divide both sides of D=RT by R (to get T=D/R) or by T (to get R=D/T) as
long as T or R are *NON-ZERO*.
It's the same relationship where any two given's should allow you to
find the third 'not given' value. The values that are in the
denominators must be non-zero or it doesn't work.
Saying that the rate is zero is the same as saying that the distance
over time is zero because (R=D/T) which is saying that the time is
non-zero because it must be or you have broken the rules. So this
non-zero time must be the distance over the rate (T=D/R) and the rate
must be non-zero or you have broken the rules. So there is a
contradiction because you already stated that the rate was zero. QED
Thanks for playing, brainiac.
On Tuesday, May 31, 2016 at 11:02:21 AM UTC-4, FromTheRafters wrote:
You can't even understand the simple circuit with a resistance of .16 ohms,
apply Ohm's Law, do basic algebra. No need to go anywhere else.
V = IR
I = 0, V = 0. End of story. And the V = 0 has meaning, the voltage drop
Did you try what I told you to do. Make a graph of Ohm's Law, plot
voltage versus current. You get a straight line through the origin.
Yet you claim the formula doesn't work with I=0. How is that, when
we can plot it and we all see that with I=0, V=0?
Keep jumbling them all around, any way you like. What you're
implying is that any equation where one of the variables, R in the
example above, can be zero in some case, means that equation
has no meaning because through algebra it can be manipulated
so that to find some other value, you wind up with R being in
the denominator. Did you even take algebra? In the examples
there IS NO DIVISION BY ZERO required. YOU are the only one
that is desperately trying to divide by zero, to discredit
V = IR. I = 0, then V=0 There is no zero in any denominator.
D = RT R =0, then D =0, there is no zero in any denominator.
It can't be done, and that's my point. There must be current for there
to be a 'voltage drop'.
That is the case where I don't even need to use division by zero to
show that Ohm's Law is broken.
When there is a non-zero voltage stipulated, and the current is
stipulated as zero, the resistance must be infinite by Ohm's law. The
result is undefined because zero times infinity is undefined.
What, you mean your point is that you're wrong? You just stated "you can take any two
known quantities [in Ohm's Law] and calculate the third". I just showed that's not true.
Moreover, you're missing the point here rather badly. Given V = IR, with I = 0, it's not
possible to calculate any specific value for R precisely because *any finite value*
multiplied by zero is still zero. If V = 0 and I = 0, R could be anything at all -- but that doesn't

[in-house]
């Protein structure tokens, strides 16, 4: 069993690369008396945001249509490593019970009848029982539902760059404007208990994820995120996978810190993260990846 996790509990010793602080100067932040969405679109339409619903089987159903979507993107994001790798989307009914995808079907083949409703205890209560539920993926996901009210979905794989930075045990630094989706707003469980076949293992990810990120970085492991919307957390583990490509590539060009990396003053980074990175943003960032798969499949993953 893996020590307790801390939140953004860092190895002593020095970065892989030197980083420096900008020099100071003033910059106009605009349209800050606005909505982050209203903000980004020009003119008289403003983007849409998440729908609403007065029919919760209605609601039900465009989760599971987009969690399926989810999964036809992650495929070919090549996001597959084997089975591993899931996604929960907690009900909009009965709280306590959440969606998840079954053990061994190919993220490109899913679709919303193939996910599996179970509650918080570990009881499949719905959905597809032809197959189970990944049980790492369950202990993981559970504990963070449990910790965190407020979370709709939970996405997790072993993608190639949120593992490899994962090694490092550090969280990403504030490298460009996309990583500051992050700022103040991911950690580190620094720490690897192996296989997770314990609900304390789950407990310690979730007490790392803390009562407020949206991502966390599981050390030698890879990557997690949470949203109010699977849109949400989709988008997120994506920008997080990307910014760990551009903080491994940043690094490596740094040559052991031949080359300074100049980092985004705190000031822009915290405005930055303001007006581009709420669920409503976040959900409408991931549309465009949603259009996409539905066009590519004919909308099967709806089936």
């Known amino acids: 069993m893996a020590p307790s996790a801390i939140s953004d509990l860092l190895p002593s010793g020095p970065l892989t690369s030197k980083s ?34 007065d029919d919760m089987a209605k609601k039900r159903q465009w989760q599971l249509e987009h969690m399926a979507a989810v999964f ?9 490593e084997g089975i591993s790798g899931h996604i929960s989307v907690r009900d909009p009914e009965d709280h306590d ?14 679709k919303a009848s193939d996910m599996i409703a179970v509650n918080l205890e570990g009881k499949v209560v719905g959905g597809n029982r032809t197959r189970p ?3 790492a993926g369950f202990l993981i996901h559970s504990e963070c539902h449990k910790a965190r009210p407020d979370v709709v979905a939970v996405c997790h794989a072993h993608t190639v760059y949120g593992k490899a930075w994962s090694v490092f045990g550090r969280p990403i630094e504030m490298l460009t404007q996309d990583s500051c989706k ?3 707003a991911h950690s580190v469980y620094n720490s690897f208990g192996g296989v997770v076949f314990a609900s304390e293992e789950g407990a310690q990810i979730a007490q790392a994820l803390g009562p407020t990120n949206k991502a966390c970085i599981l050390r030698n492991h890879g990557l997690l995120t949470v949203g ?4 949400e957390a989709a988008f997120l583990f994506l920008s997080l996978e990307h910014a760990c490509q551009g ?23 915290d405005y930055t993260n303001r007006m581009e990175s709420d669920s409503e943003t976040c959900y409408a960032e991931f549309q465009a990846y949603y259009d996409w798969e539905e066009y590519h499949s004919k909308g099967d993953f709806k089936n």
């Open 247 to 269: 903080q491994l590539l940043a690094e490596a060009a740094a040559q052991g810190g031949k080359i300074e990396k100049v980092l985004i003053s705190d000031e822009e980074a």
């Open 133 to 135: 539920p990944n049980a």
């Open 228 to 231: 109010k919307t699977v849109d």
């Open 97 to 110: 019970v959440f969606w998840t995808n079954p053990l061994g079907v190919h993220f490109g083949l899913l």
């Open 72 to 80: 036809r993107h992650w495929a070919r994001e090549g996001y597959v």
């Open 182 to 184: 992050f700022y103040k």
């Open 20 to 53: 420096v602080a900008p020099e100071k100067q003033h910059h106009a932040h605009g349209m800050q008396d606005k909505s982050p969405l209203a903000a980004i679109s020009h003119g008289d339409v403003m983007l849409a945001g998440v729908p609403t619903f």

mean that Ohm's Law doesn't work. Rather, it confirms that Ohm's Law *does* work,
because the physical representation of 0 = 0R is that no matter what the resistance is, if
there's no potential difference no current will flow.
I suppose I'd agree with that statement -- but I'm not sure you realize that there does not
have to be current for there to be a potential difference.
It's *your understanding* of Ohm's Law, and of junior high school algebra, that are broken.
False. This is an impossible situation. If current is zero, then voltage *must be* zero;
conversely, if voltage is non-zero, then current and resistance must both be non-zero also.
You don't bolster your argument at all by reposting a question asked by someone as
ignorant of basic algebra as yourself, especially when you clearly failed to read and
understand the many correct explanations in the answers.
You got me again, what I meant was Ohm's Law is not the right tool if
you are trying to use it outside of its limitations. Within its
limitations you can do as I said. Using zero like you did in the
example is outside of its limitations.
Within Ohm's Law you are right about that. There is no arrangemnt of
the terms where V is problematic as far as I'm aware. It always seems
to be in the numerator or standing alone.
Outside the limitations of Ohm's Law because the current can't be zero.
I wasn't posting it for the question, but for the answers.
That is incorrect. Resistance is any finite number: e.g. 5 ohms * 0 amps = 0 volts. The one
thing R *cannot* be is infinite.
No it did not.
And yours is one of them.
(a) you did a mathematically undefined operation (division by zero), and
(b) your calculator is constructed incorrectly, and giving you the wrong answer. The display
*should* have showed "undefined".
*My* calculator does it right. Pressing the same sequence of keys gives this result:
ERR:DIVIDE BY 0
My wife's calculator also does it right, with the result -E-, same as it gives for the square root
of a negative number, logarithm of a nonpositive number, inverse sine of 2, etc.
Your calculator throws an error because it doesn't know how to do it. I
didn't need a calculator for something so simple.
I know how to find the square root of a nonpositive number (actually,
both of them). Every number had TWO square roots. A little hint: when is
360 equal to 0?
BTW, every number has three cube roots too, but that may be a bit more
The same number, but different numerals.
The 3 cube roots of a number have angles of 0 (positive), 120, 240
degrees. In this case, 0 at any angle is still 0.
BTW, when I mentioned 360 = 0, somehow I thought of the Xbox 360. What I
actually meant there was about angles (in degrees).